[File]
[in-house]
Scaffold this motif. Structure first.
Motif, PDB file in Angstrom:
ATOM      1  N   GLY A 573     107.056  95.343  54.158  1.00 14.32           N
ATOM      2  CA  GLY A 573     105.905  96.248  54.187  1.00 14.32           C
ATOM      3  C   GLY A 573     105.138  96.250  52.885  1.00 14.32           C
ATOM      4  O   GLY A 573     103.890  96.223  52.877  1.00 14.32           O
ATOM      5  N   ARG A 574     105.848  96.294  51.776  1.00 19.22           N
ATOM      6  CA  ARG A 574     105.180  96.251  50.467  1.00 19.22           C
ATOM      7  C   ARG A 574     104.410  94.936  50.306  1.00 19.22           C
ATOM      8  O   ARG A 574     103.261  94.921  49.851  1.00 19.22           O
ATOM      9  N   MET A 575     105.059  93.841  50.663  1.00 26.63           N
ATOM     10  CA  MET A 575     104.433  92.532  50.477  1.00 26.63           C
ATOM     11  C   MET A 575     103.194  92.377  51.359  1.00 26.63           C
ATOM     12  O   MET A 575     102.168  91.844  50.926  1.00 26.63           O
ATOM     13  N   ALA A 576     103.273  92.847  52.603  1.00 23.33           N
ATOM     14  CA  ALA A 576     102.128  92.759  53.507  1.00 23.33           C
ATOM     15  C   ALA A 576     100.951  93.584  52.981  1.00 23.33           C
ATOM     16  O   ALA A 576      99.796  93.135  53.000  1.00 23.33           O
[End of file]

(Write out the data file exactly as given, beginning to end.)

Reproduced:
[in-house]
Scaffold this motif. Structure first.
Motif, PDB file in Angstrom:
ATOM      1  N   GLY A 573     107.056  95.343  54.158  1.00 14.32           N
ATOM      2  CA  GLY A 573     105.905  96.248  54.187  1.00 14.32           C
ATOM      3  C   GLY A 573     105.138  96.250  52.885  1.00 14.32           C
ATOM      4  O   GLY A 573     103.890  96.223  52.877  1.00 14.32           O
ATOM      5  N   ARG A 574     105.848  96.294  51.776  1.00 19.22           N
ATOM      6  CA  ARG A 574     105.180  96.251  50.467  1.00 19.22           C
ATOM      7  C   ARG A 574     104.410  94.936  50.306  1.00 19.22           C
ATOM      8  O   ARG A 574     103.261  94.921  49.851  1.00 19.22           O
ATOM      9  N   MET A 575     105.059  93.841  50.663  1.00 26.63           N
ATOM     10  CA  MET A 575     104.433  92.532  50.477  1.00 26.63           C
ATOM     11  C   MET A 575     103.194  92.377  51.359  1.00 26.63           C
ATOM     12  O   MET A 575     102.168  91.844  50.926  1.00 26.63           O
ATOM     13  N   ALA A 576     103.273  92.847  52.603  1.00 23.33           N
ATOM     14  CA  ALA A 576     102.128  92.759  53.507  1.00 23.33           C
ATOM     15  C   ALA A 576     100.951  93.584  52.981  1.00 23.33           C
ATOM     16  O   ALA A 576      99.796  93.135  53.000  1.00 23.33           O